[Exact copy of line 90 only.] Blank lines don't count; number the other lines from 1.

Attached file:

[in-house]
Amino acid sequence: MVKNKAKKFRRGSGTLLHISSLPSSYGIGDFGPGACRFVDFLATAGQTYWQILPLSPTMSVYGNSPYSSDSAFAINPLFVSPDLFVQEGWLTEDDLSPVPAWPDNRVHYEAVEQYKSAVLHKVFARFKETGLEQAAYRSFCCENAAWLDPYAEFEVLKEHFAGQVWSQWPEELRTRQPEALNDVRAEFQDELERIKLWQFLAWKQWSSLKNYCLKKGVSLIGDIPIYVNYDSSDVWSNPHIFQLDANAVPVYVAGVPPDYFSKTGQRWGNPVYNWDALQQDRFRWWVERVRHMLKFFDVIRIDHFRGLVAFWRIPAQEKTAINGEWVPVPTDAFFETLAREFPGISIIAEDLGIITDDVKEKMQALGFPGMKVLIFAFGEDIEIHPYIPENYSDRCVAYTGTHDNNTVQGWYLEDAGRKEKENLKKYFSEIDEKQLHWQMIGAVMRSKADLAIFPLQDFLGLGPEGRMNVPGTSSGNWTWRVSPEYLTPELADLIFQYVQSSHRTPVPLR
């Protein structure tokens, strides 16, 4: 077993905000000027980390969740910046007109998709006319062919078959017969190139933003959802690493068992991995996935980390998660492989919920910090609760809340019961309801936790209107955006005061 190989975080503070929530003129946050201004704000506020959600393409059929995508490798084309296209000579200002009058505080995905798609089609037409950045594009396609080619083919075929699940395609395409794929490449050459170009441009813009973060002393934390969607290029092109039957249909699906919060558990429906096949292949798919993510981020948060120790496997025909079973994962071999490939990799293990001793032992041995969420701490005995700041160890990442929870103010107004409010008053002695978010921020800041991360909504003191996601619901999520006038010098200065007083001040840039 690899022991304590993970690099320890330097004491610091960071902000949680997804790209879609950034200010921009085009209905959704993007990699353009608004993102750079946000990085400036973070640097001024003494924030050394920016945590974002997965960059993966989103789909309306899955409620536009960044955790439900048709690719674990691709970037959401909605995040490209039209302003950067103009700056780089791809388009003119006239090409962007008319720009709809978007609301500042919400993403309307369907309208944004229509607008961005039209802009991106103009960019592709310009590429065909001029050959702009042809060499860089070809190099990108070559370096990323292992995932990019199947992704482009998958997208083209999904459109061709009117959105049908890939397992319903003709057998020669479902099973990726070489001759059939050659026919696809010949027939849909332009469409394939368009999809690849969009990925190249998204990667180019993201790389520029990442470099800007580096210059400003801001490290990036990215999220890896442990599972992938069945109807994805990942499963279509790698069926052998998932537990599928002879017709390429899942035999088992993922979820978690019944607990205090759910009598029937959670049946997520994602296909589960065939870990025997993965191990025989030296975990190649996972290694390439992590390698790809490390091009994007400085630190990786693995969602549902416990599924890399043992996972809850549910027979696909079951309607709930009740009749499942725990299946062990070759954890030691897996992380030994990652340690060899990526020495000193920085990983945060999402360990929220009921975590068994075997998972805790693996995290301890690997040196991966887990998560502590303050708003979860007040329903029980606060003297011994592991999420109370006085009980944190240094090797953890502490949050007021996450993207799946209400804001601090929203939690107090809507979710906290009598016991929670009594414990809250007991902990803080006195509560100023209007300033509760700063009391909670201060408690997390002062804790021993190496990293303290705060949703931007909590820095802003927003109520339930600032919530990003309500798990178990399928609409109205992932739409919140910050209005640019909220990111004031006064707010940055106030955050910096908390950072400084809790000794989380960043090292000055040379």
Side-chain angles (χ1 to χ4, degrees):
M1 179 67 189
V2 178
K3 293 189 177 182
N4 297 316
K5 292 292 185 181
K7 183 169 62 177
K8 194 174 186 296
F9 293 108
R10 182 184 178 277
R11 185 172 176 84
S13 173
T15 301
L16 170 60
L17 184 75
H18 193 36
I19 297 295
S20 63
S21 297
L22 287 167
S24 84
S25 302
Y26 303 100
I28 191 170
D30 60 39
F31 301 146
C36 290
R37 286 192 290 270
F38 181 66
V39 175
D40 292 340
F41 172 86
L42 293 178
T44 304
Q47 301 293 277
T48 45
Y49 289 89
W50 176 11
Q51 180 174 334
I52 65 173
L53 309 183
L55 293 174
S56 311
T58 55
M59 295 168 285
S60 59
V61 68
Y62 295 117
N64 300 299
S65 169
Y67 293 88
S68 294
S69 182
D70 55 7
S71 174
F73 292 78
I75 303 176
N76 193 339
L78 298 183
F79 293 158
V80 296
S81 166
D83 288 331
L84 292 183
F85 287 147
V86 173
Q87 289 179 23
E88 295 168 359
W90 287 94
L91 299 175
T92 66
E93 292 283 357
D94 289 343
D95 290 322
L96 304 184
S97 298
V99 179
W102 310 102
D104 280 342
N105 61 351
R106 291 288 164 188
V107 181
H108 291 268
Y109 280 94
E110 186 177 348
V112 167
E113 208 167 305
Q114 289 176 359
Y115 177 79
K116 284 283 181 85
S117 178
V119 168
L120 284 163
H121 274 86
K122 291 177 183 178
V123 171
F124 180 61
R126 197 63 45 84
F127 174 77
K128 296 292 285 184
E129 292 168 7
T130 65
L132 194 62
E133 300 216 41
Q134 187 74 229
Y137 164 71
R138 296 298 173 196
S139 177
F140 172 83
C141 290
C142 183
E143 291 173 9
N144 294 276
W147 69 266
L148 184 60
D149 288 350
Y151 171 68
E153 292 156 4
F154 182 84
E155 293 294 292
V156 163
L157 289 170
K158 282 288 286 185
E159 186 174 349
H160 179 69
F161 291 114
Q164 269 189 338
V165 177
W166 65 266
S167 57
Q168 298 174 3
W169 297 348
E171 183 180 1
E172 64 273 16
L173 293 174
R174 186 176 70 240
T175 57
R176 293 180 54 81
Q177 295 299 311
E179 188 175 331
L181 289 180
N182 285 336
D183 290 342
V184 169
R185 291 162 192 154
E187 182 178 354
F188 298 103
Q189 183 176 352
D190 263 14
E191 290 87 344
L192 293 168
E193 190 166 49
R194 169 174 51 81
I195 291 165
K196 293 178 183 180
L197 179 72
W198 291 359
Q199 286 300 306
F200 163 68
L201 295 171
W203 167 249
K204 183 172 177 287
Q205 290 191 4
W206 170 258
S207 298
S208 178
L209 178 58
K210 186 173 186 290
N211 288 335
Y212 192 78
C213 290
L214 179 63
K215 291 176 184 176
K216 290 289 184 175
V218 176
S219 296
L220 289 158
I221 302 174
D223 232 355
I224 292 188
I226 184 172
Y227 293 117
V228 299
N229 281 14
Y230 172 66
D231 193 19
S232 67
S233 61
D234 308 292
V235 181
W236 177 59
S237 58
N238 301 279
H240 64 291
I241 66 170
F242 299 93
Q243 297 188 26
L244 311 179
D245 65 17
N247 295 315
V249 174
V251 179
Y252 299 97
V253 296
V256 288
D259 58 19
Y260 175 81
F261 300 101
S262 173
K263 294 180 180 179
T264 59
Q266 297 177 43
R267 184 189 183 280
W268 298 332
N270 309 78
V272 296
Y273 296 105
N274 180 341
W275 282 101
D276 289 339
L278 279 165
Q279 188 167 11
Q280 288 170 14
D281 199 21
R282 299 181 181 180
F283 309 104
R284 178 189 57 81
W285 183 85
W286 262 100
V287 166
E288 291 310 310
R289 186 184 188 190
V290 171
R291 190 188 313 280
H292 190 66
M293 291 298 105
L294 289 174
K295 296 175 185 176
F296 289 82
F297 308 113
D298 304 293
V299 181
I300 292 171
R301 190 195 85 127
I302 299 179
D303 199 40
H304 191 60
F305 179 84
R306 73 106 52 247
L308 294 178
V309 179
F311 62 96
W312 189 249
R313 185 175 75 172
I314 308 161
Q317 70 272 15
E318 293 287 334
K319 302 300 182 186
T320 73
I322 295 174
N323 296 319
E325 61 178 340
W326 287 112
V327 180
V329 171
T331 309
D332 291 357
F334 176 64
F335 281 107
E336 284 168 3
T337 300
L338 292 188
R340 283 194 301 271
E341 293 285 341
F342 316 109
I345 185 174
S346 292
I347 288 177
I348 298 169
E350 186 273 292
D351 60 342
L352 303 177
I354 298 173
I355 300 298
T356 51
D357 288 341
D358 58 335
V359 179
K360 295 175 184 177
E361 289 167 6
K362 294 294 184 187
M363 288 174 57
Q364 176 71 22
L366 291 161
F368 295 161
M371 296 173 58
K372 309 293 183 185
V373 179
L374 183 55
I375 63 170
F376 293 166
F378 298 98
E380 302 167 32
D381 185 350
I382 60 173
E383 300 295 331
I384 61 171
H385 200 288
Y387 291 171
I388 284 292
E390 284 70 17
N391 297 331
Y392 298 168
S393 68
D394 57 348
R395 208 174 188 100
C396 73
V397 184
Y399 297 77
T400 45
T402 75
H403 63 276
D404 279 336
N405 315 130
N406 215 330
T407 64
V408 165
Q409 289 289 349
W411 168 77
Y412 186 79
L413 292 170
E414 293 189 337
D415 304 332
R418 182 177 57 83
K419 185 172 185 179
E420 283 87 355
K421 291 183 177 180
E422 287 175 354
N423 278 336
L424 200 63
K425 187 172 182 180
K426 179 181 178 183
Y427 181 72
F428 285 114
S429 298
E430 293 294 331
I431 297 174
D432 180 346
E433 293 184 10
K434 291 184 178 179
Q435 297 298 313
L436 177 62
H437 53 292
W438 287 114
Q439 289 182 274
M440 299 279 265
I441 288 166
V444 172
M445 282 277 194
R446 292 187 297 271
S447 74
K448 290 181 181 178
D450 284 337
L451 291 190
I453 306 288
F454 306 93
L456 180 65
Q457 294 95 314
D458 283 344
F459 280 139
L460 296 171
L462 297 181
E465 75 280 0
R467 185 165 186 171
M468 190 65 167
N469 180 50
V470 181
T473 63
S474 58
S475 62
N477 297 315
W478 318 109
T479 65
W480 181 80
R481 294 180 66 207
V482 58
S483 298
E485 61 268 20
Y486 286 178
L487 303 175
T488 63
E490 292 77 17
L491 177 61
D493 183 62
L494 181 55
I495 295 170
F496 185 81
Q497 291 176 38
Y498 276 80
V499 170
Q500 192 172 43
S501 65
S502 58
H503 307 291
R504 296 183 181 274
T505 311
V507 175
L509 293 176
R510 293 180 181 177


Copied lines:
E113 208 167 305